1. Mask the bridge area around the saddle with strips of low-tack blue painter’s tape. This will shield the wood from any slip-ups from your file.
2. With a mechanical pencil, mark a line as described below to indicate where each string will cross the top of the saddle. This line will guide you as you file (Photo 10).
For the high-E string, place the line halfway across the saddle. For the B string, mark a line almost at the rear (pin side) edge of the saddle (Photo 11). The G string has its contact point close to the front (soundhole) edge of the saddle, so make its mark there. For the low E, mark a line 1/32" from the rear edge. The A and D contact points form a diagonal line between the low E and G contact points (Photo 12). The D will be just a bit back from the G, and the A will sit slightly forward from the low-E string.
3. With the saddle in the slot, gently begin to file the bone material away on either side of the high-E pencil mark to create a narrow ridge. This ridge will be the contact point for the high-E string. For now, keep it about 1/16" wide (this will give you some room to finetune the intonation point after you’ve completed the basic compensation). As you file, stop periodically to check the rear angle— you want it to match the angle of the high E as it comes out of the pin hole.
4. Repeat the process for each string except the B string, which you’ll carve separately after removing the saddle from the bridge.
Remember, the G string’s contact point is at the front edge of the saddle; from this point, the saddle will slope back down toward the G’s pin hole. The low E will only make contact at the rear of the saddle—1/32" from its edge. The A and D strings fall in line between the low E and G (Photo 13). Once you’ve removed the appropriate material from the rear of the saddle for these strings, file off any excess material from the front side of their contact points. Giving the strings a clean leading edge allows them to vibrate freely.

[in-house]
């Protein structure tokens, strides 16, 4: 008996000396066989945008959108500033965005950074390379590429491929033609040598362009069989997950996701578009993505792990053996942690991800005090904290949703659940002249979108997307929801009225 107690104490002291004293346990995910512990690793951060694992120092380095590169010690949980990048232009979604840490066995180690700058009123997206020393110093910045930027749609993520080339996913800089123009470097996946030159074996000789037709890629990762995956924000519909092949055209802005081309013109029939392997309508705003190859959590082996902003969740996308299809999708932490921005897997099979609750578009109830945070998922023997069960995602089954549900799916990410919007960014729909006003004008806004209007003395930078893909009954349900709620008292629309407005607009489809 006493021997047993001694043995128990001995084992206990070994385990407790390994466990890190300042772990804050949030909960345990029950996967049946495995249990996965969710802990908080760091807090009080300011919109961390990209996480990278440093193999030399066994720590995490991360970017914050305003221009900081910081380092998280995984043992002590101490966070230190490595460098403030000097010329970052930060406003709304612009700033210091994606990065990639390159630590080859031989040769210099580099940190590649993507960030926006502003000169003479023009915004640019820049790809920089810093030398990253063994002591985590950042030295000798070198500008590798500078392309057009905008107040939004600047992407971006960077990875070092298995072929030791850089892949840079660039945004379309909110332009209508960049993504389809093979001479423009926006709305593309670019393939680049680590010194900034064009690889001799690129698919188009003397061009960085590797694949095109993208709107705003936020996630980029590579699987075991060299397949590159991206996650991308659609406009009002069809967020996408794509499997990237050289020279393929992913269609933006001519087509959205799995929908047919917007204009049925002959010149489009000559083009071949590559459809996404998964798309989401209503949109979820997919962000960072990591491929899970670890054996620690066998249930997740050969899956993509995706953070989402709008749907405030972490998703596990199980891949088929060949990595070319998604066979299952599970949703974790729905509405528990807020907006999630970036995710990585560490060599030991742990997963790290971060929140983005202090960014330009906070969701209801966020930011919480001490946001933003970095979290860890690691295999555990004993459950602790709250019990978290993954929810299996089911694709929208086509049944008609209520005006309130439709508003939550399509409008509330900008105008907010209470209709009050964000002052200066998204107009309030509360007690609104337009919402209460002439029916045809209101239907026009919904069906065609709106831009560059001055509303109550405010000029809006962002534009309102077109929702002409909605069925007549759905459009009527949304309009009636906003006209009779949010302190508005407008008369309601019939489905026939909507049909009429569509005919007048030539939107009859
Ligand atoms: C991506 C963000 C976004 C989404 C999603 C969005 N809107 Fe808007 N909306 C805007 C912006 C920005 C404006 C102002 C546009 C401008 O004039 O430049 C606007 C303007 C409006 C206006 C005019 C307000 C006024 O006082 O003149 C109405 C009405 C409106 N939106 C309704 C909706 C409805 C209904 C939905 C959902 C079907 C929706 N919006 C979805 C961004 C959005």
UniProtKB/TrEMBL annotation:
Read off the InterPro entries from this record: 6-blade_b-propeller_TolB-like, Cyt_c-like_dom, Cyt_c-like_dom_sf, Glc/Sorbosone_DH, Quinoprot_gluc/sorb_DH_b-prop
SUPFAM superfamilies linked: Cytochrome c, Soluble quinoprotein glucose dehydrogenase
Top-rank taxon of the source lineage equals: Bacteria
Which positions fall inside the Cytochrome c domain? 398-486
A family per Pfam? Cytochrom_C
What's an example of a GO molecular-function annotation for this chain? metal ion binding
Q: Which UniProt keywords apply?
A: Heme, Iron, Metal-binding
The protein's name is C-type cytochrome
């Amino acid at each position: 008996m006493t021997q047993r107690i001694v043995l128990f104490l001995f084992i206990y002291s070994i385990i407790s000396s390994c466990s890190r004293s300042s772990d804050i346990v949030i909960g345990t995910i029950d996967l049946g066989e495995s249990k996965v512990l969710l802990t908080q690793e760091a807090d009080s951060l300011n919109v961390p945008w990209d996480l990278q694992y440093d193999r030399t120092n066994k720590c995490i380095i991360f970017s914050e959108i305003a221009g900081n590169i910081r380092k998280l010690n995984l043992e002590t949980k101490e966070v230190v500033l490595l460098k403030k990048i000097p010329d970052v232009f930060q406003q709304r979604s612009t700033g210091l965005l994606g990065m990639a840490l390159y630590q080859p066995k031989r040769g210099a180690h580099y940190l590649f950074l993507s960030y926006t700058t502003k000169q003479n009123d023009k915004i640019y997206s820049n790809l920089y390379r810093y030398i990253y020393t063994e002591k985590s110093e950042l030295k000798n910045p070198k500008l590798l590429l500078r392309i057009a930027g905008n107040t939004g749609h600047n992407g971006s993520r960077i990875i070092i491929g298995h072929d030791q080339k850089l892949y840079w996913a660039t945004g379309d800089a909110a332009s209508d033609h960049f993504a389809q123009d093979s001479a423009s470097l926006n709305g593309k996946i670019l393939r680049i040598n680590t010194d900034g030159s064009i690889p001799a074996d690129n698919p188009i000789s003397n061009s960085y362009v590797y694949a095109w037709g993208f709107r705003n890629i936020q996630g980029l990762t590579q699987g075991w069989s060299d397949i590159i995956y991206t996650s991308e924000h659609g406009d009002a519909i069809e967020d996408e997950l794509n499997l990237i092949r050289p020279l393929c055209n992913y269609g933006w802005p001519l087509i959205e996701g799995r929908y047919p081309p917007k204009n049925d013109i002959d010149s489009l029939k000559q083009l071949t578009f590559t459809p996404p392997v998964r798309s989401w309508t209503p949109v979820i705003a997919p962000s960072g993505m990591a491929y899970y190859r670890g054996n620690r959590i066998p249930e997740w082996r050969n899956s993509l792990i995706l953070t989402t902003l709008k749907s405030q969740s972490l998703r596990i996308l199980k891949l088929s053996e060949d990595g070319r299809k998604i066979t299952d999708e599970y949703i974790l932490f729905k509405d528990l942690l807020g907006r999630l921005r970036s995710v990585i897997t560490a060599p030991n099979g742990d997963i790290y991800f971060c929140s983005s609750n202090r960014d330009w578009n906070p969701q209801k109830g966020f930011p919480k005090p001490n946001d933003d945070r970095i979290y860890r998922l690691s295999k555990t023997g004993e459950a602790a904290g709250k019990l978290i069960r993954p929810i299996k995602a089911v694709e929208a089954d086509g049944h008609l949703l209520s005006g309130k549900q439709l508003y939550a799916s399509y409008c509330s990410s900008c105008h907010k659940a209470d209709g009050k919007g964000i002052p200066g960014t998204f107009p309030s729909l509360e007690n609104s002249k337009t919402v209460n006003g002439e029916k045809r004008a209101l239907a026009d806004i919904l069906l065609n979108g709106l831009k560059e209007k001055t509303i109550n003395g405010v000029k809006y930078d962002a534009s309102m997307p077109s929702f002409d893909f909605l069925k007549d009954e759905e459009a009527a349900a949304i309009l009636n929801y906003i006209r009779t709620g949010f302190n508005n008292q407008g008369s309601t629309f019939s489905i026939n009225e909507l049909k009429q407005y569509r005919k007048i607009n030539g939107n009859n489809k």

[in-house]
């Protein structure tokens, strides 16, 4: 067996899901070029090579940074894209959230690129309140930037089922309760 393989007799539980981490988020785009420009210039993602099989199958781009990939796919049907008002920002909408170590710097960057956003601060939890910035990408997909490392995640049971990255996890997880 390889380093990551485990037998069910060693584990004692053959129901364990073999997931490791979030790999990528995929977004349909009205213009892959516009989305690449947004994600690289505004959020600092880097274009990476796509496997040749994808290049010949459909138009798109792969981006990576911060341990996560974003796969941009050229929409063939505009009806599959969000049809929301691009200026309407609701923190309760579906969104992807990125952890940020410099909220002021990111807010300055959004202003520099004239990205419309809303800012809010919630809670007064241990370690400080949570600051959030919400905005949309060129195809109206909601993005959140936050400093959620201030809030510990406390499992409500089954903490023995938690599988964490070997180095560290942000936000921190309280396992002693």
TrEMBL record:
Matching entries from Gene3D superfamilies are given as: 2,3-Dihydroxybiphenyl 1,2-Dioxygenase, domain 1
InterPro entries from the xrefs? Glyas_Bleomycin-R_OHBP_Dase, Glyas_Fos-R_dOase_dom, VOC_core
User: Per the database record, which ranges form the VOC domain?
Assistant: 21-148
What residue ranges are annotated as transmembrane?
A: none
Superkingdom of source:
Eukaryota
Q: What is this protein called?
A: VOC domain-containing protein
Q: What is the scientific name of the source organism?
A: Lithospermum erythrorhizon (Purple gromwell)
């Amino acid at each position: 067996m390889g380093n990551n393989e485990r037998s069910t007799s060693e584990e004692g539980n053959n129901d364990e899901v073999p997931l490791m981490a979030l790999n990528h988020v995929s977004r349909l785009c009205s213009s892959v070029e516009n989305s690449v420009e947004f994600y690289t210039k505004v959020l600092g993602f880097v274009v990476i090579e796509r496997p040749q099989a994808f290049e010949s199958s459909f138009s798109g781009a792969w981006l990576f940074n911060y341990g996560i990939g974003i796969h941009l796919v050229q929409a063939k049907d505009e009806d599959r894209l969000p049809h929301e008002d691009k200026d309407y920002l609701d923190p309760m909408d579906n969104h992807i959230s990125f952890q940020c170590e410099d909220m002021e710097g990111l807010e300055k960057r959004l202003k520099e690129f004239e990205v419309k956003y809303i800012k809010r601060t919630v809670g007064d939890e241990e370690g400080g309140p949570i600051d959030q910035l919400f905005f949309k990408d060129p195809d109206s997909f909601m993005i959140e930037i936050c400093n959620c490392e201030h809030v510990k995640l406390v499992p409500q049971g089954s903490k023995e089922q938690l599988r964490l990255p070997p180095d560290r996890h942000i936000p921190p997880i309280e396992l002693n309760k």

Tip: Each string will rise from the pin hole to the saddle at a different angle. You can easily determine this angle by turning your file on its narrow edge and laying it between the pin hole and the saddle (Photo 14).
5. Remove the saddle and file the compensation point for the B string, which will be just on the pin side of the saddle. In this case, you’ll remove material from the front (soundhole side) of the saddle to create a ridge at the rear. Using a small flat file, carve away the excess material from the front of the saddle (Photos 15 and 16). Essentially, this creates a notch in the blank.
8. Put the saddle back in its slot, install a fresh set of strings on the guitar, and tune it to concert pitch.
7. Look at the saddle to check your compensation. If you’ve done the carving correctly, the high E rides at the center of the saddle, the B sits on the rear edge (Photo 17), the G sits on the front edge, the low E sits close to the rear edge, and the A and D contact points form a line between the low E and G.
Now examine the saddle from the rear: Do all the strings come off the saddle and angle smoothly to their respective pin holes? To minimize string breakage, you don’t want any sharp edges here. Also, by having each string supported at the correct angle as it descends into its pin hole, you get maximum transfer of string vibration into the bridge (Photo 18).
8. Finally, when the saddle looks right from the front and rear, check the intonation again. If a string needs adjustment, file its contact point forward or backward accordingly.
9. Remove the saddle and polish it with 600-grit sandpaper and a cloth. While you’re at it, clean the fretboard with ultrafine #0000 steel wool (safe for fretboards, but don’t let it touch the finish) and then treat the fretboard and bridge with lemon oil or a lubricant like Planet Wave’s Hydrate (Photos 19 and 20). Reinstall the saddle, string up, tune to concert pitch, and you’re good to go.
There we have it. To get Chapman’s wellloved Taylor back in pro playing condition, I adjusted the truss rod, tweaked the action at the nut and saddle, and carved a compensated bone saddle to give the guitar a big sound and sweet intonation. This 914 turned out great, and I look forward to hearing it on more hit records!